Controlling Foreign Investment in National Interest Sectors of the U.S. Economy
ID-77-18: Published: Oct 7, 1977. Publicly Released: Oct 7, 1977.
- Full Report:
Recent large increases in the amount of foreign investment in the United States have prompted congressional and public concerns that vital U.S. national economic interests might be endangered.
Reexamination of foreign investment policies and legislation indicate that no change in the traditional open door foreign investment policy is necessary. No two federal statutes governing foreign investment in national interest economic areas apply the same standards for defining foreign ownership or control, although most of them establish limits on the allowable amount of investment. The Department of Defense Industrial Security Program monitors foreign investment in U.S. firms working on classified contracts and requires the firms to submit certificates pertaining to foreign interests. These must be updated when the foreign investors change, but this regulation is laxly enforced. Federal Communications Commission regulations apply equally to domestic and foreign investors. At least 75 percent of the voting interests of U.S. air carrier corporations certified by the Civil Aeronautics Board must be U.S. owned, and presidents and the majority of the boards must be U.S. citizens. The Interstate Commerce Commission has no restrictions on foreign investors, and few limits are placed on the U.S. energy industries. Other federal agencies tend to apply their regulations equally to foreign and domestic investors.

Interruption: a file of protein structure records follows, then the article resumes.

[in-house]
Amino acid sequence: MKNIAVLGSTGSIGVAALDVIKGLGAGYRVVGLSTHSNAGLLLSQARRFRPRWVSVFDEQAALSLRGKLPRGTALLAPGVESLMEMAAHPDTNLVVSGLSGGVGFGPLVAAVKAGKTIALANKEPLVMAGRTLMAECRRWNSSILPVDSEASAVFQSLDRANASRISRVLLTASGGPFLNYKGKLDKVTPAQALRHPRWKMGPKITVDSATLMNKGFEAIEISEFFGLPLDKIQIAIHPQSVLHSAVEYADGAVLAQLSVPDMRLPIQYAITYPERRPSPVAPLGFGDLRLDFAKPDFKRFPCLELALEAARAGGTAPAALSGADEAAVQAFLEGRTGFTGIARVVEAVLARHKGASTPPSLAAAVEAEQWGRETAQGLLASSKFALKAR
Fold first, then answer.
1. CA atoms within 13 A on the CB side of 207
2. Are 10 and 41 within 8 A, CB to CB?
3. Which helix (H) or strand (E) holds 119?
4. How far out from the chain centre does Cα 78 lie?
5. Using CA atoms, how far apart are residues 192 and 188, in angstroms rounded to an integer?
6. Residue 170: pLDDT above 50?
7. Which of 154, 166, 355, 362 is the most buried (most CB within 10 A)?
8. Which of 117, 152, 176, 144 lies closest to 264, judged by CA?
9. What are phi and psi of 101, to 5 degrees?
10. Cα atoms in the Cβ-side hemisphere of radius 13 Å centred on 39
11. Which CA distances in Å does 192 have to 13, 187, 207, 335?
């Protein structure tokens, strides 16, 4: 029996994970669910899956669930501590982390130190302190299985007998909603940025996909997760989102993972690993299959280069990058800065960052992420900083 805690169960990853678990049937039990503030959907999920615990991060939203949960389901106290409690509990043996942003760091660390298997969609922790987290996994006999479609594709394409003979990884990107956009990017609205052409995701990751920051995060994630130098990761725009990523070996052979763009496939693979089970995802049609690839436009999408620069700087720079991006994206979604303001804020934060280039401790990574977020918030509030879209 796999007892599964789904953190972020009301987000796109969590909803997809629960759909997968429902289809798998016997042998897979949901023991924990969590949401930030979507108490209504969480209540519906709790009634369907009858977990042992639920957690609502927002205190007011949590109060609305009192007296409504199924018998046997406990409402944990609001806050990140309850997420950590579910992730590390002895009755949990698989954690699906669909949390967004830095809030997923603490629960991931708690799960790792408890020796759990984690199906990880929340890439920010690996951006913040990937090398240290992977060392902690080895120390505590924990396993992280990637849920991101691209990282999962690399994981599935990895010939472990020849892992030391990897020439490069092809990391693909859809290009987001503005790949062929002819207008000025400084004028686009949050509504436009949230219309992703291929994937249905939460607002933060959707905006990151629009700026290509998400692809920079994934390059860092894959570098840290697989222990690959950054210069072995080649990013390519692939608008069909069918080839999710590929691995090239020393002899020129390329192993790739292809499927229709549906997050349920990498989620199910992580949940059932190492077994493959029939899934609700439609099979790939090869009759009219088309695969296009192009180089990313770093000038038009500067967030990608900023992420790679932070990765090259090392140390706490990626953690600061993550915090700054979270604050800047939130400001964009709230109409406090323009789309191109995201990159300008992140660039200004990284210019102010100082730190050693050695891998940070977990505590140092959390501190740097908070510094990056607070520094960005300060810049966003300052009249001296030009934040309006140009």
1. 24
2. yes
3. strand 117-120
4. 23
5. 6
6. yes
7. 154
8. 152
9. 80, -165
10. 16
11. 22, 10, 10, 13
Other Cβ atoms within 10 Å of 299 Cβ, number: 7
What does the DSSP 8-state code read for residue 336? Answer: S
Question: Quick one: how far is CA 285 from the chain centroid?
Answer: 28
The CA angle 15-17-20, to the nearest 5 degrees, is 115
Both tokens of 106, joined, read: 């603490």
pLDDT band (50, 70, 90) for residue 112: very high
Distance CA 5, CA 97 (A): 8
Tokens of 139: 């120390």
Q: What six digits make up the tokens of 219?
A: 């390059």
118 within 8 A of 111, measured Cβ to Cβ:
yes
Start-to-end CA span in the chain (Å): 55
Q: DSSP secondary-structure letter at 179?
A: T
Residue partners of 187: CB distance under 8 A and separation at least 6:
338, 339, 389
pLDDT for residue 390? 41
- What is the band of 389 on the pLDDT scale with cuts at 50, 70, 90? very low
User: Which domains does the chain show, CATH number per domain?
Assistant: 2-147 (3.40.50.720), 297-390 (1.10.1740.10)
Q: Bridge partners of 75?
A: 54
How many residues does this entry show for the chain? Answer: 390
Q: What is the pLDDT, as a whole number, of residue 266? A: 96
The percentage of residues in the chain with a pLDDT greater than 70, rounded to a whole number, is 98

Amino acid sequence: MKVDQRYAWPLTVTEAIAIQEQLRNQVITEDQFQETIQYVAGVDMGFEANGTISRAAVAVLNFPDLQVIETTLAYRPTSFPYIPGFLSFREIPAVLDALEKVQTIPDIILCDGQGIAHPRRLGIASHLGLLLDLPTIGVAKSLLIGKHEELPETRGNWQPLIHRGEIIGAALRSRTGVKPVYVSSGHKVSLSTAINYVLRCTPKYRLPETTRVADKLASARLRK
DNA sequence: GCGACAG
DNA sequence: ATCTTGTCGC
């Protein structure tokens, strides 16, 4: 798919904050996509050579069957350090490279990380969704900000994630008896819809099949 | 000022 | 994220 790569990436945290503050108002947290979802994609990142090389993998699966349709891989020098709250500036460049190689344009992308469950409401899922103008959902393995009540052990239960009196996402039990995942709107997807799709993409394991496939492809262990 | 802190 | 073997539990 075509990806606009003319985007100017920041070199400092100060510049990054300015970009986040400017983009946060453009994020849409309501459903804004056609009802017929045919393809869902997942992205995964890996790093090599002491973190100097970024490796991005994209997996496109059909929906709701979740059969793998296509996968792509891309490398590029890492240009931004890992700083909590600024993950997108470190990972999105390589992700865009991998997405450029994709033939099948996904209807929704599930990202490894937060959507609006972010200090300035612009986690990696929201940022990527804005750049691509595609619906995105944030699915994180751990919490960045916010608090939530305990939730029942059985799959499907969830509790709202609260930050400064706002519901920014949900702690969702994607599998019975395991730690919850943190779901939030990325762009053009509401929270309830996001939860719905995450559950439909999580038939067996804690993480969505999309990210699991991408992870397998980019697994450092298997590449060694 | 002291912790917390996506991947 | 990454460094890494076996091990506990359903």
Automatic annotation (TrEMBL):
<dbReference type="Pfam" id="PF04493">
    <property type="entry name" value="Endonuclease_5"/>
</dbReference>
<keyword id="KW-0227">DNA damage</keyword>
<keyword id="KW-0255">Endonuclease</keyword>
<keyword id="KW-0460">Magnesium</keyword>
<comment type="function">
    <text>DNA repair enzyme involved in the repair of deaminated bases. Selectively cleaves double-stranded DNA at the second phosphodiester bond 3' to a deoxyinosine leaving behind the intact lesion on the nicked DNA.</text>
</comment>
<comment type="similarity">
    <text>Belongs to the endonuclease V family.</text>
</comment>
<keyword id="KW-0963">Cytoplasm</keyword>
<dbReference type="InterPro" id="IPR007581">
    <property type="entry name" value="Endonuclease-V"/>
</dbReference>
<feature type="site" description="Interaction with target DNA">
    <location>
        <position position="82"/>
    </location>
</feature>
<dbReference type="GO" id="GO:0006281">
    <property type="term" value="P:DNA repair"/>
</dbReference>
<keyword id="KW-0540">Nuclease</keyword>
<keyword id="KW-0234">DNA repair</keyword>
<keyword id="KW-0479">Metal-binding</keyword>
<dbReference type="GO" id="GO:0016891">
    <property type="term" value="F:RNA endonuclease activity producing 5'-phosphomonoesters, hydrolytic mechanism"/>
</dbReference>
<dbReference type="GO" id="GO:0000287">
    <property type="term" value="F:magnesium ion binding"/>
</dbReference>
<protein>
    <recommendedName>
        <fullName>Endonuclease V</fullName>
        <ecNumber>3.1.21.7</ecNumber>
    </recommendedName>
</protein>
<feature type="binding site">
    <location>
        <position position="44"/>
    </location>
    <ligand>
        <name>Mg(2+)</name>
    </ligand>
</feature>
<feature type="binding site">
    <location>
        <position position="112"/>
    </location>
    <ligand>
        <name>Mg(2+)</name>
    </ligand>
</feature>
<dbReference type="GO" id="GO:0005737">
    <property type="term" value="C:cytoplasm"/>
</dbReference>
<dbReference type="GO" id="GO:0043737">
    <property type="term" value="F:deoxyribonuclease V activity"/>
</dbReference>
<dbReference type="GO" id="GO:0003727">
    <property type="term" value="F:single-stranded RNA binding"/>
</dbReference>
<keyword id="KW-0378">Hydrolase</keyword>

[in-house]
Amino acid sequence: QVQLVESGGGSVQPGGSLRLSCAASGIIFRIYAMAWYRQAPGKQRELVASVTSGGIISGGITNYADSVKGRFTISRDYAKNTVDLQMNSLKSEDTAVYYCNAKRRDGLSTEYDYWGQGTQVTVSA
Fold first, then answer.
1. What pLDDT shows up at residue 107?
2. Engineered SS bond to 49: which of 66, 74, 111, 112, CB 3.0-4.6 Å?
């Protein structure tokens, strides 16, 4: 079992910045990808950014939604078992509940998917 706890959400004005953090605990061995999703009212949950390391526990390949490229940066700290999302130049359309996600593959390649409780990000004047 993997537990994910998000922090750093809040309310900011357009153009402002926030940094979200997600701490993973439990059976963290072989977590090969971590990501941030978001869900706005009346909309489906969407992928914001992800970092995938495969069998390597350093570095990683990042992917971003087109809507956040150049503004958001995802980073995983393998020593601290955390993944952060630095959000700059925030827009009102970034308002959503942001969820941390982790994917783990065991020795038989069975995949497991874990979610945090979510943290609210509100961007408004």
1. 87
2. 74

Matter for Congressional Consideration
Comments: Please call 202/512-6100 for additional information.
Matter: The Director, Office of Management and Budget, and the independent regulatory and other agencies that monitor foreign investments should develop a plan to assess the reliability of the information being received and make it available in a uniform summary to the Congress. The Congress should require the Interstate Commerce Commission to report on the success of new disclosure regulations. If efforts to obtain additional information are unsuccessful, the Congress should clarify and expand the Commission's authority to determine sources of carrier control and the extent of foreign investment in the carriers it regulates.